Sinking Island's Residents Throw in the Towel

Gunas of Gardi Sugdub, an island off Panama, relocate to mainland amid sea level rise
By Newser Editors and Wire Services
Posted Jun 8, 2024 1:59 PM CDT
Updated Jun 8, 2024 2:10 PM CDT
Sinking Island's Residents Throw in the Towel
A youth dives into the sea from Gardi Sugdub Island, part of the San Blas archipelago off Panama's Caribbean coast, Sunday, May 26, 2024.   (AP Photo/Matias Delacroix)

On a tiny island off Panama's Caribbean coast, about 300 families are packing their belongings for a dramatic change. Generations who have grown up on Gardi Sugdub in a life dedicated to the sea and tourism will trade that next week for the mainland's solid ground. They go voluntarily—sort of. The Gunas of Gardi Sugdub are the first of 63 communities along Panama's Caribbean and Pacific coasts that government officials and scientists expect to be forced to relocate by rising sea levels in the coming decades. "We're a little sad, because we're going to leave behind the homes we've known all our lives, the relationship with the sea, where we fish, where we bathe, and where the tourists come," Nadín Morales, 24, tells the AP. "But the sea is sinking the island little by little."

An official with Panama's ministry of housing said that some people have decided to stay until it's no longer safe. Authorities won't force them to leave. Gardi Sugdub is one of about 50 populated islands in the archipelago of the Guna Yala territory. It is only about 400 yards long and 150 yards wide. From above, it's roughly a prickly oval surrounded by dozens of short docks where residents tie up their boats. Every year, especially when the strong winds whip up the sea in November and December, water fills the streets and enters homes. Climate change isn't only leading to rising sea levels, it's also warming oceans and powering stronger storms.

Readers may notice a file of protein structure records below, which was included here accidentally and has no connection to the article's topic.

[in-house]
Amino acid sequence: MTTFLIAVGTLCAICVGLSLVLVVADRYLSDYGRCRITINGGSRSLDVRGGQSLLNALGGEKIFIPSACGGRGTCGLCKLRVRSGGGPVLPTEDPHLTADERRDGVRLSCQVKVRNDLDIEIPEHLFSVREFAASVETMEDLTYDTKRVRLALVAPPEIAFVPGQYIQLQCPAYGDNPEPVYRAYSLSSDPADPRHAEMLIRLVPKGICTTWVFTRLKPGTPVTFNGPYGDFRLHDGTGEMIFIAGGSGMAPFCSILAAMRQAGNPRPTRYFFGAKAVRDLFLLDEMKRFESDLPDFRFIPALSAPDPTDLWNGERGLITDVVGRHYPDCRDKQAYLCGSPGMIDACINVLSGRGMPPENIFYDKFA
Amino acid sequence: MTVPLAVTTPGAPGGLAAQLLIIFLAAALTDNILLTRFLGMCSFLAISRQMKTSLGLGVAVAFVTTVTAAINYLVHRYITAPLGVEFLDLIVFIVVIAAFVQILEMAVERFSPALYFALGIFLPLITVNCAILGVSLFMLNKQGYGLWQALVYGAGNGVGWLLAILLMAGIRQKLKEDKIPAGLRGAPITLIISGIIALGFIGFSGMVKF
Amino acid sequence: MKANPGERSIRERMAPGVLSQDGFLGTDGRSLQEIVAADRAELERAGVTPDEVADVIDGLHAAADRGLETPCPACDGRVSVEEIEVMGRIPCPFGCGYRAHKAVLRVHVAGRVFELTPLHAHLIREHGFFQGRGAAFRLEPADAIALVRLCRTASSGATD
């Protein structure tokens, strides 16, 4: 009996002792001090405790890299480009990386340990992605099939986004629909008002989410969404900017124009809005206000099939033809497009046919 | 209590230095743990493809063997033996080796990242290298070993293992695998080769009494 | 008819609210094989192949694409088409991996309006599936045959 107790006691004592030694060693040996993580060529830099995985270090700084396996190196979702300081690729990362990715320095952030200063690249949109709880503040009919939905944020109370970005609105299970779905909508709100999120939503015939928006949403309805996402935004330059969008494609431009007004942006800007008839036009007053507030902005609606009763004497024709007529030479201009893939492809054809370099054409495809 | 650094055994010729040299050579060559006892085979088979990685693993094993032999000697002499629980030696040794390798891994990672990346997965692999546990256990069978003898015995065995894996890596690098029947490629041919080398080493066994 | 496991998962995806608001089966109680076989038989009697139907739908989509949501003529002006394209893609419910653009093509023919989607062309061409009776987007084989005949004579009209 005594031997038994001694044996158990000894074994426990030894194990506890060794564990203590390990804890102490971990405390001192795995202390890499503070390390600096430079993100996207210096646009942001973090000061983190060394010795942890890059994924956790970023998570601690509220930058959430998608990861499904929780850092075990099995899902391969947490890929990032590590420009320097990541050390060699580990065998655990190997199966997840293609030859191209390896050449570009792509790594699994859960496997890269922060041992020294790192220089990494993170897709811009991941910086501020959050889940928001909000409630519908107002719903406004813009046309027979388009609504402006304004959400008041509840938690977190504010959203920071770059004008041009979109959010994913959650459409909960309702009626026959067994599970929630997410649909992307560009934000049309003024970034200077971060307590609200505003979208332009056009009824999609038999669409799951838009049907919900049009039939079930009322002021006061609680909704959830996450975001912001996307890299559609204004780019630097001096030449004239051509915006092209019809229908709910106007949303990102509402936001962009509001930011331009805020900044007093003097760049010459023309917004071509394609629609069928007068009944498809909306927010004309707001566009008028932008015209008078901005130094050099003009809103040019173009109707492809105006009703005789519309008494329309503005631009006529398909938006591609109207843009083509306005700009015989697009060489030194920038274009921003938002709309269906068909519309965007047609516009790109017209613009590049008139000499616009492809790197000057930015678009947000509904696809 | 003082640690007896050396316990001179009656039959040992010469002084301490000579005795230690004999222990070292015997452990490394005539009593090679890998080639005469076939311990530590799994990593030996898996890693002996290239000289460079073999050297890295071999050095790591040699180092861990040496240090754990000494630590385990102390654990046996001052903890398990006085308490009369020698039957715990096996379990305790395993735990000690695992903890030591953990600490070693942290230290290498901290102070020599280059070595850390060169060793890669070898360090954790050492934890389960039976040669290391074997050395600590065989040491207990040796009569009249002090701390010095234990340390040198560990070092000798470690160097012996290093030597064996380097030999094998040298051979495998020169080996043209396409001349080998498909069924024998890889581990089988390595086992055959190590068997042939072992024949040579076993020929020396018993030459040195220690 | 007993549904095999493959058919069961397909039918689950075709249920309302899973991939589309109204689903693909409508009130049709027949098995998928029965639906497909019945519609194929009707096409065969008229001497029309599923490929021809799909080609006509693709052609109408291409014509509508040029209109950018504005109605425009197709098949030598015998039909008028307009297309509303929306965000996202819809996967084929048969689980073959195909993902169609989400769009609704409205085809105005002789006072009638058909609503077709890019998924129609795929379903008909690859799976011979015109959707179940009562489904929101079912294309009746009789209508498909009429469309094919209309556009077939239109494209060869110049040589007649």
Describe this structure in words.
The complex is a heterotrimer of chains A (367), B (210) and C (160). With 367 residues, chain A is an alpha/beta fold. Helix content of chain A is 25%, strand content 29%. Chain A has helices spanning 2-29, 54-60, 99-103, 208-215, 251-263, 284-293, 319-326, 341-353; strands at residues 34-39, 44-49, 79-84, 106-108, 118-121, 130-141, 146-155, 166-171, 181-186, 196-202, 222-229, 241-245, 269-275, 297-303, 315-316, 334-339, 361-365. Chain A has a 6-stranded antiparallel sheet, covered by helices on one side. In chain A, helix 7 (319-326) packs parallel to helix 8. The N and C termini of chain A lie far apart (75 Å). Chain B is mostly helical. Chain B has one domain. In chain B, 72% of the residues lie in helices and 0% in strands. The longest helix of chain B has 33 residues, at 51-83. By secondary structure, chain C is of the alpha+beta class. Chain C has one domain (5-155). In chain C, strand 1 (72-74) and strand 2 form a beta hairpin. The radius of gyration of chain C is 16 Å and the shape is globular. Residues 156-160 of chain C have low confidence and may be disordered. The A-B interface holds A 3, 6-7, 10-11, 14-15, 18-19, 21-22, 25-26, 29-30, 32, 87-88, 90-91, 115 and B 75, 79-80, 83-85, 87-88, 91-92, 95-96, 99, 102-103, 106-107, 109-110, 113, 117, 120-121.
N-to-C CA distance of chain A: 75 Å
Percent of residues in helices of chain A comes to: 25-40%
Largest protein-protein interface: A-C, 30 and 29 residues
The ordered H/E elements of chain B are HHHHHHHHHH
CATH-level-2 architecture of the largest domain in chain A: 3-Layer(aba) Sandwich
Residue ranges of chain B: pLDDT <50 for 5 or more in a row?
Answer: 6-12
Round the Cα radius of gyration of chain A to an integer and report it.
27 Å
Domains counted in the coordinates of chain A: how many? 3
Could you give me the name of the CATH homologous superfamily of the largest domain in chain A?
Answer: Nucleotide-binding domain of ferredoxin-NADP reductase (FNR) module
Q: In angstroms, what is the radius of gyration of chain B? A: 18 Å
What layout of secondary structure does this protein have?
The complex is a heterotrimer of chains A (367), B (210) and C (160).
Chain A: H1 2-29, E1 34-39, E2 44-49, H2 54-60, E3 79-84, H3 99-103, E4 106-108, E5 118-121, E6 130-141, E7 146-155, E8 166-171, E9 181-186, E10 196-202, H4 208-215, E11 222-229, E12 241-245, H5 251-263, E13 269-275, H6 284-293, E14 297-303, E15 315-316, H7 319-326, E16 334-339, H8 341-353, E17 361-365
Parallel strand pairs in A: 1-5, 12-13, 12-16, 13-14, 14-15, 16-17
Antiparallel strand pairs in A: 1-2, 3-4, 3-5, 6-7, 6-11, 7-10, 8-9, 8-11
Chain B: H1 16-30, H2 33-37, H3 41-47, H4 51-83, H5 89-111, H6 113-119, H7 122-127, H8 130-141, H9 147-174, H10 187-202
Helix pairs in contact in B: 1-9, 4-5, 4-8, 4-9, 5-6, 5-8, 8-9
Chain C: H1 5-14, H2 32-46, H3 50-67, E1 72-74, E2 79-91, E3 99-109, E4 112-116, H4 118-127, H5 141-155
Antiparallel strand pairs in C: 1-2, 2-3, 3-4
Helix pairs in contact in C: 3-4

The Gunas have tried to reinforce the island's edge with rocks, pilings, and coral, but seawater keeps coming. "Now the tide comes to a level it didn't before, and the heat is unbearable," says Morales. Some plan to move to a new mainland site that the government developed at a cost of $12 million. The concrete houses sit on a grid of paved streets carved out of the lush tropical jungle just over a mile from the port, where an eight-minute boat ride carries them to Gardi Sugdub. It's just the start of a wider migration. "The islands on average are only a half-meter above sea level, and as that level rises, sooner or later the Gunas are going to have to abandon all of the islands almost surely by the end of the century or earlier," says Steven Paton, director of the Smithsonian Institution's monitoring program in Panama. (More climate change stories.)

Get the news faster.
Tap to install our app.
Install the Newser News app
in two easy steps:
1. Tap in your navigation bar.
2. Tap to Add to Home Screen.